Late in her life, Eliza Scidmore wrote that she grew enamored of flowering cherry trees when she visited Japan in the 1880s. It gave her the idea that Washington should have a park of cherries along the Potomac for residents and visitors to enjoy every spring. Back home she took up the cause with federal park officials. They listened politely, but showed no interest. More than two decades later it finally come about, thanks to the enthusiasm of First Lady Helen Taft, who had also traveled in Japan and understood what Eliza had in mind.
Eliza was in her 50s when she watched Mrs. Taft and the Japanese ambassador’s wife plant the first two trees in Washington on March 27, 1912.
In Japan, hordes of people flocked to city parks for blossom-viewing parties when the cherry trees were in bloom. Eliza’s chief inspiration was two notable parks in Tokyo with great cherry-tree displays: Ueyno Park, in an area of sacred temples and royal tombs, and Mukojima, an avenue of trees extending a mile or two along the banks of the Sumida River. What Washington needed, Eliza wrote many times, was a “Mukojima on the Potomac.”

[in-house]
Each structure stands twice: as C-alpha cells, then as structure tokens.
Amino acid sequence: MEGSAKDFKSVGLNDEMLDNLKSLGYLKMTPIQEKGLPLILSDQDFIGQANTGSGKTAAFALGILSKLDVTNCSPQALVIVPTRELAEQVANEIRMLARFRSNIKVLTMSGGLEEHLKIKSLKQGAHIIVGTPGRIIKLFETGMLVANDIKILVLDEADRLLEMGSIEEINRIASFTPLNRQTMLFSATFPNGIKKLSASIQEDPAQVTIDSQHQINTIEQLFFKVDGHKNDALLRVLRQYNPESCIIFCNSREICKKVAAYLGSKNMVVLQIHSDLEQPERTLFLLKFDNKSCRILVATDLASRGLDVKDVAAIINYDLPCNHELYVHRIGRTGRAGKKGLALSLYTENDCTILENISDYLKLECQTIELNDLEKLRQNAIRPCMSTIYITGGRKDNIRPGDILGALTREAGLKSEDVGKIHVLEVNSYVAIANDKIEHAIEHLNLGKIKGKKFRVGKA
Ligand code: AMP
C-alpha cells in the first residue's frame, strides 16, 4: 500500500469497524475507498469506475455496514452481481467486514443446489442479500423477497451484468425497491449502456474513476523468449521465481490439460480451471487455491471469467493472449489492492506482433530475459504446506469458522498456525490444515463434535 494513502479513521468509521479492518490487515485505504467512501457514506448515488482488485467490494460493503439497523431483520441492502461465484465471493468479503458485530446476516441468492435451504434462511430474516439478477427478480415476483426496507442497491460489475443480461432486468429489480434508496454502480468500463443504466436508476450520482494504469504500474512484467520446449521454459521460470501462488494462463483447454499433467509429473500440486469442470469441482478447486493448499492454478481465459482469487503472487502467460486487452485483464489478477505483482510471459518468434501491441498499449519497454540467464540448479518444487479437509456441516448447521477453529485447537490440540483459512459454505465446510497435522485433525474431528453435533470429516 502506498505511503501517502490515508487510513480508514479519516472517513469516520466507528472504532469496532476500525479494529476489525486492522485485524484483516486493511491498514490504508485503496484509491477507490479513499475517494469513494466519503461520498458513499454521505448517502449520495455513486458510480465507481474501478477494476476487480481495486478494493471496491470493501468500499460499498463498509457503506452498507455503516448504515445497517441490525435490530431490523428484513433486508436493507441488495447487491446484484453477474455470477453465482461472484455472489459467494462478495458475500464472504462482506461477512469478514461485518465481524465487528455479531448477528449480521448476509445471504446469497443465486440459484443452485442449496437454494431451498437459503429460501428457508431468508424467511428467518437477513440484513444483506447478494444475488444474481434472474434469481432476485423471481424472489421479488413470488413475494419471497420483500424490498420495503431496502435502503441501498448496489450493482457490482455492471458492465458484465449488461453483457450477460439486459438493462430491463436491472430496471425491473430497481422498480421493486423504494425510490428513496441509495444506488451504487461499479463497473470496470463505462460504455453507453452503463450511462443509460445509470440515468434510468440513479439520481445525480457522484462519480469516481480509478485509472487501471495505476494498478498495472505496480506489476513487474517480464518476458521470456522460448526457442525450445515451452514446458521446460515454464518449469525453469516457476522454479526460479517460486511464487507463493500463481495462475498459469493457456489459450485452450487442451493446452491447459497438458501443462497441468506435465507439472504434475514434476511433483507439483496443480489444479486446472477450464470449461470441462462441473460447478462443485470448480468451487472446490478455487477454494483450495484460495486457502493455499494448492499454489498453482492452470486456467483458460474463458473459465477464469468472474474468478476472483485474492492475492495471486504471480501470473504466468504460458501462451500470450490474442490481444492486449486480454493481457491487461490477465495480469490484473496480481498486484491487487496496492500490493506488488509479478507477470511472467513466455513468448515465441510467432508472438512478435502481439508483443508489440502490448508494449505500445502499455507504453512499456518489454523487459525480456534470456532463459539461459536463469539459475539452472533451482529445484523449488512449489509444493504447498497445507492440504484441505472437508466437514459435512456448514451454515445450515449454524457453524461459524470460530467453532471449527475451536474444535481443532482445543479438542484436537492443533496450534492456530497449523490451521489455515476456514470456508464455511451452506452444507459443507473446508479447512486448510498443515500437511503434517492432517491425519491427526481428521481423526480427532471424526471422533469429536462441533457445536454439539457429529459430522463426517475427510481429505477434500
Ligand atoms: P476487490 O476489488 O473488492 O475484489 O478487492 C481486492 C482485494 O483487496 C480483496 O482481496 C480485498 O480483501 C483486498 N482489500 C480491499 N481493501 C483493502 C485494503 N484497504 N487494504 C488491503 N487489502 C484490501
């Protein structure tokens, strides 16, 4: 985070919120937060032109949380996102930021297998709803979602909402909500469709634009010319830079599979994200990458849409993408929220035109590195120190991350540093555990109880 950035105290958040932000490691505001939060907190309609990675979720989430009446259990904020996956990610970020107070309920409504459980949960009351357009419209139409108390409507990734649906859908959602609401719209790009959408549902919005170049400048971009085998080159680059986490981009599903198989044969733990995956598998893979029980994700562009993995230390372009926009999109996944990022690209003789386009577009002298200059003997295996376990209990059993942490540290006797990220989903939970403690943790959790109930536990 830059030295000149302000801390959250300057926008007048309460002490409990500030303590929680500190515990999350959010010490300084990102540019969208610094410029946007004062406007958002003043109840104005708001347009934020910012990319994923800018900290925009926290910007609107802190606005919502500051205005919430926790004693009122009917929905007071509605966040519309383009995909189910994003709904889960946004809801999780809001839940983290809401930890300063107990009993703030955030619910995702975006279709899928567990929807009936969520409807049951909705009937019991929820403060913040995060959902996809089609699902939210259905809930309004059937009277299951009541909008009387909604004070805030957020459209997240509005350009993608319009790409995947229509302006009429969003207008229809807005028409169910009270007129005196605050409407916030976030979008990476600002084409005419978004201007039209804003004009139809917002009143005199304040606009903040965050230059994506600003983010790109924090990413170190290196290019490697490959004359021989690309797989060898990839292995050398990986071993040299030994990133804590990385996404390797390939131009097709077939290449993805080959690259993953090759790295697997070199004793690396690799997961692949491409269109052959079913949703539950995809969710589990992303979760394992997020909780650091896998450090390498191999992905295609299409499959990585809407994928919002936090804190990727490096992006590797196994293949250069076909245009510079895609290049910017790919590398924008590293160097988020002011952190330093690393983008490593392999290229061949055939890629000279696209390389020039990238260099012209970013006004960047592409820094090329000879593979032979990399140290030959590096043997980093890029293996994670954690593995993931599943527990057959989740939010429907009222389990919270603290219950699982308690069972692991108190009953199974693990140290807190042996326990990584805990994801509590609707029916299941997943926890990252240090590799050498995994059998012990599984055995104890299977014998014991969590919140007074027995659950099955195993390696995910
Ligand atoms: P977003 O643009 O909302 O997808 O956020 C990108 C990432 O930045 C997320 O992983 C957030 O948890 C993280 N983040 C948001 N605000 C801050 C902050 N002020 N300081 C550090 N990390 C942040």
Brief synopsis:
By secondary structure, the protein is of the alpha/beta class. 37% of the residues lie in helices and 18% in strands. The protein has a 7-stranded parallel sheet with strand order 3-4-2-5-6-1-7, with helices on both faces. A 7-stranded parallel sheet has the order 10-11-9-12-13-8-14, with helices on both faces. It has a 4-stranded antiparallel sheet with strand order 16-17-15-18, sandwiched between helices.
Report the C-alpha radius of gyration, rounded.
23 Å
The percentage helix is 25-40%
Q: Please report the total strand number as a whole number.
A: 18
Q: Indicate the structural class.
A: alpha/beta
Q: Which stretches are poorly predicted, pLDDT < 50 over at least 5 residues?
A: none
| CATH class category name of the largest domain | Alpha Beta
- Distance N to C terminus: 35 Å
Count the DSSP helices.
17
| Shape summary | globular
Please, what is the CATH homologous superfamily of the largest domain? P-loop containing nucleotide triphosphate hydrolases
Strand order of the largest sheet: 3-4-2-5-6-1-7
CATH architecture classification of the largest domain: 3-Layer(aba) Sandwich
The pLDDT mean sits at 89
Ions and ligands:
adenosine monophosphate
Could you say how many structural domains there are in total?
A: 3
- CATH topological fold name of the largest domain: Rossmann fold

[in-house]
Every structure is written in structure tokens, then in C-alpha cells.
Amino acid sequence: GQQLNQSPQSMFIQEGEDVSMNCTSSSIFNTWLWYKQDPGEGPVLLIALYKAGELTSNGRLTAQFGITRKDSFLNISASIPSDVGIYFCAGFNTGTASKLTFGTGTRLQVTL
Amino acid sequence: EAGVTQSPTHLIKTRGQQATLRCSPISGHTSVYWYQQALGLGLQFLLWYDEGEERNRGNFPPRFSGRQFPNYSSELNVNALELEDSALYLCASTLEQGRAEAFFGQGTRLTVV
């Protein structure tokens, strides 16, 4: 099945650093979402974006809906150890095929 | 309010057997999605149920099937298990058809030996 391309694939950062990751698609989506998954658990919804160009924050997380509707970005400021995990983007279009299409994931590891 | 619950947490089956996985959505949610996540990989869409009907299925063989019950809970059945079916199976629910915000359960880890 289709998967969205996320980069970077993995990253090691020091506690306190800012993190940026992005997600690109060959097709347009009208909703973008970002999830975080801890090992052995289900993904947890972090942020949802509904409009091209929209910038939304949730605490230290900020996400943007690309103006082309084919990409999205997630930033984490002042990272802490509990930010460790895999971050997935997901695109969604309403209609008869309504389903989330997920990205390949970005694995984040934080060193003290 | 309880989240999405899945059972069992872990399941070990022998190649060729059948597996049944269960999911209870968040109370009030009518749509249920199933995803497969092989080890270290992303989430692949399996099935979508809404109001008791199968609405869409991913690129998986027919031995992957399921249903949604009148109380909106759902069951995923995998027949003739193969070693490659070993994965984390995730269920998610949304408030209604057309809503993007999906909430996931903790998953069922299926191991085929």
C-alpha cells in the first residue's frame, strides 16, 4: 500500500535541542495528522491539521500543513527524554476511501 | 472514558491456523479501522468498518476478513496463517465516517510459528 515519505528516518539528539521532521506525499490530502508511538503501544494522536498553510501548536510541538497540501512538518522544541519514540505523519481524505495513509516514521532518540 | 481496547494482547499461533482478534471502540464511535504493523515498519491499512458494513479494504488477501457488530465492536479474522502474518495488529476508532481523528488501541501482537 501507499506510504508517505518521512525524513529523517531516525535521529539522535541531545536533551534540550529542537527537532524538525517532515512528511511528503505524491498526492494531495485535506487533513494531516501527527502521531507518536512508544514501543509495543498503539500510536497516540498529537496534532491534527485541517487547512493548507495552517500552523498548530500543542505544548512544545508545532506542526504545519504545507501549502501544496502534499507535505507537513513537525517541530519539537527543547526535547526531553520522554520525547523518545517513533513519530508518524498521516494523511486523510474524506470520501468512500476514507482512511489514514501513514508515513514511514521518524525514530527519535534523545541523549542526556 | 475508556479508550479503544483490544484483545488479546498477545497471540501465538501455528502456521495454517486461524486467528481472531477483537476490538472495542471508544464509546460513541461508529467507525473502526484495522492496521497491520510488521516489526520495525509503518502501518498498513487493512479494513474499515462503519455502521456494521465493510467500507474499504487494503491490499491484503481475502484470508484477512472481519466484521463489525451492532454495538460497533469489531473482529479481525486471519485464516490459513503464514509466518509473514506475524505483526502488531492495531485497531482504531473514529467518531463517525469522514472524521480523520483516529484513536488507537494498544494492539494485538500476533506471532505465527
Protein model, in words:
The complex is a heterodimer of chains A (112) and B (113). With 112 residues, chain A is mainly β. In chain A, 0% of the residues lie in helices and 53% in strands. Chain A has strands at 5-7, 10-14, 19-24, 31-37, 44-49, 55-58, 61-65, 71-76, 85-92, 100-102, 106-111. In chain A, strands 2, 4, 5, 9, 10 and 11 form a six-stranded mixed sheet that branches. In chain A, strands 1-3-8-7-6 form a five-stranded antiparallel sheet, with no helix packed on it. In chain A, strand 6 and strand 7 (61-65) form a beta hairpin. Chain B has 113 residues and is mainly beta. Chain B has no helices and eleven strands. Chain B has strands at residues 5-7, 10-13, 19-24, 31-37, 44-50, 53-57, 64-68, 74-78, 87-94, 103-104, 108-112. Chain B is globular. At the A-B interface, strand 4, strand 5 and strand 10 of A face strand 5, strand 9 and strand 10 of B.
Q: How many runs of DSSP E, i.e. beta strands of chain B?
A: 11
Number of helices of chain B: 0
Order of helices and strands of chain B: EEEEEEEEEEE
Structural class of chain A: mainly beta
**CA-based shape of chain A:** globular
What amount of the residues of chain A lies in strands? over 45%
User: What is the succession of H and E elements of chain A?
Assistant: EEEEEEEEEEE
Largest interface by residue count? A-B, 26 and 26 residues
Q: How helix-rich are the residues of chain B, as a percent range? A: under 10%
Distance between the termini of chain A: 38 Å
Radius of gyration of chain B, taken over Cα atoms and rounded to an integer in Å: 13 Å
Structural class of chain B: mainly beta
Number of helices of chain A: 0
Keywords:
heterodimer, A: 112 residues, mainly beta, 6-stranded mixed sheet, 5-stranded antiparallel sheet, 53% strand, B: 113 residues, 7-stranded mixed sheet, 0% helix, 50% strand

At Mukojima, acrobats, jugglers and orators gave blossom-viewing outings a carnival tone. Saké flowed freely. One Western visitor wrote of his disgust at the “dissipation.” But Eliza found the Bacchanalian atmosphere amusing. “The laughter is so infectious, the antics and figures so comical, that even sober people seem to have tasted of the insane cup,” she wrote.
In a centuries-old custom, the Japanese wrote special nature poems on delicate slips of paper and tied them to tree branches during cherry blossom parties. The poetic offerings were left to blow away in the wind like flower petals.
As she came to know the Japanese and their culture, it seemed to Eliza that nothing epitomized Japanese sensibilities so well as sakura. “Except Fuji-Yama and the moon,” she wrote, “no other object has been the theme and inspiration of so many millions of Japanese poems as the cherry blossom.”